Fast Multipole
Fast Multipole
L. Greengard, V. Rokhlin: A fast algorithm for particle simulations. J. Comp. Phys., 73, 1987.
C. R. Anderson: An implementation of the Fast Multipole Method without multipoles..
SIAM J. Sci. Stat. Comput. 13(4), 1992.
Complexity of Fast Multipole
Lets do a computation with $N = 10^6$ particles assuming that $N$ computations take 1 hour
 $O(N)$ algorithm $\to$ 1 hour
 $O(N\log N)$ algorithm $\to$ $14$ hours
 $O(N^2)$ algorithm $\to$ $10^{6}$ hours, or 114 years
Fast Multipole Method:
 define a pseudo particle (as in BarnesHut) for each cell
$\to$ accumulated mass located in centre of mass
 force computation:
 between particles in the same or in adjacent cells: add particle–particle force
 between particles in separated cells:
 add forces between corresponding pseudoparticles;
 accumulate that force to all particles of a pseudo particle
Fast Multipole Method
Image from the Master thesis of Fabio Gratl
Required kernels
P2M: Particle to Multipole

in BarnesHut this involved summing the mass, and computing the center of mass
$\to$ locate centre of mass $X_l := \frac{1}{M_l} \sum_j m^{(l)}_j x^{(l)}_j$
$\to$ accumulated mass $M_l := \sum_j m^{(l)}_j $

in FMM: use multipole expansion
Constructing Multipoles (M2M/P2M)
2 Approaches:
Original Approach of Greengard/Rohlkin, 1987
 similar concept as Taylor series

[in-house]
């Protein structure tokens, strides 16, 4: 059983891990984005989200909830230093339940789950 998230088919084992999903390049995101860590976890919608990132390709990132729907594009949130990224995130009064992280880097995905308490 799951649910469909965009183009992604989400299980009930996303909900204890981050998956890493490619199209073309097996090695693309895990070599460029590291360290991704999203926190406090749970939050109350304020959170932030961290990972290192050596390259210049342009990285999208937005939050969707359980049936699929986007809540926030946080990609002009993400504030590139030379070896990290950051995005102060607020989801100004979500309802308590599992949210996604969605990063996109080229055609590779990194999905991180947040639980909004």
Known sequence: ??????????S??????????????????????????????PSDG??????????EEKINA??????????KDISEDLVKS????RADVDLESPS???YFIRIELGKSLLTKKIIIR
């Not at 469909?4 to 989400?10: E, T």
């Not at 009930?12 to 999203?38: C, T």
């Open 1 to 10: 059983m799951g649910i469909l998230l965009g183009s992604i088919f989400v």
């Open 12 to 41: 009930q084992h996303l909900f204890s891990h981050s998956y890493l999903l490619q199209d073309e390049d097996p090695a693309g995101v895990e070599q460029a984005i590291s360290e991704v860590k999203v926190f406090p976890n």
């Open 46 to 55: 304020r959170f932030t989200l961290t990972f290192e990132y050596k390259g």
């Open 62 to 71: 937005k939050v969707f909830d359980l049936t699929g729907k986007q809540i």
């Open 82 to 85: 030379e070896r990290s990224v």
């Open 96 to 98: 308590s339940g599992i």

complicated to derive, esp. in 3D (spherical harmonics)
 complicated formula for hierarchical assembly
Constructing Multipoles (M2M/P2M)
2 Approaches:
Or: inner/outer ring approximations by Anderson, 1992
 derived via numerical integration of an integral formula
 uniform interaction with child and remote boxes
 hierarchical assembly via evaluation of potentials at integration points
Anderson’s method
Fundamental idea: represent potential via a surface integral
\[\Psi_a (\vec{x}) = \int\limits_{S^2} g( a \vec{s} )
\left( \sum\limits_{n=0}^\infty \left( \frac{a}{r} \right)^{n+1} Q_n(\vec{s} \cdot \vec{x}_p )
\right)
ds\]
 in spherical coordinates $\vec{x} = ( r, \theta, \psi)$,
 with suitable $Q_n$ (charges or mass)
 $\vec{x}_p = ( 1, \theta, \psi)$,
 $g( a \vec{s} )$ the potential on a sphere of radius $a$ that contains all particles
Anderson’s method
 and use numerical integration to compute the integral
\[\Psi_a (\vec{x}) \approx \sum\limits_{i=1}^K w_i \, g( a \vec{s}_i )
\left(
\sum_n ( \frac{a}{r} )^{n+1}
Q_n(\vec{s}_i \cdot \vec{x}_p )
\right)\]
 using $K$ integration points $\vec{s}_i$ on the sphere $S^2$ (weights $w_i$)
 and choosing $M$ relative to accuracy of integration rule
Anderson’s method
\[\Psi_a (\vec{x}) \approx \sum w_i \, g( a \vec{s}_i )
\left( \sum\limits_n \left( \frac{a}{r} \right)^{n+1} Q_n(\vec{s}_i \cdot \vec{x}_p )
\right)\]
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only $g( a \vec{s}_i )$ need to be computed and stored for each box
Required kernels
P2M: Particle to multipole
 Original approach: compute multipole expansion, i.e. “Taylorseries”
 With Anderson’s method: compute surface integral with numerical integration
 approximate potential caused by all particles of the current box
 evaluate and accumulate particle potentials at positions $a \vec{s}_i $ to obtain values $g( a \vec{s}_i )$
Required kernels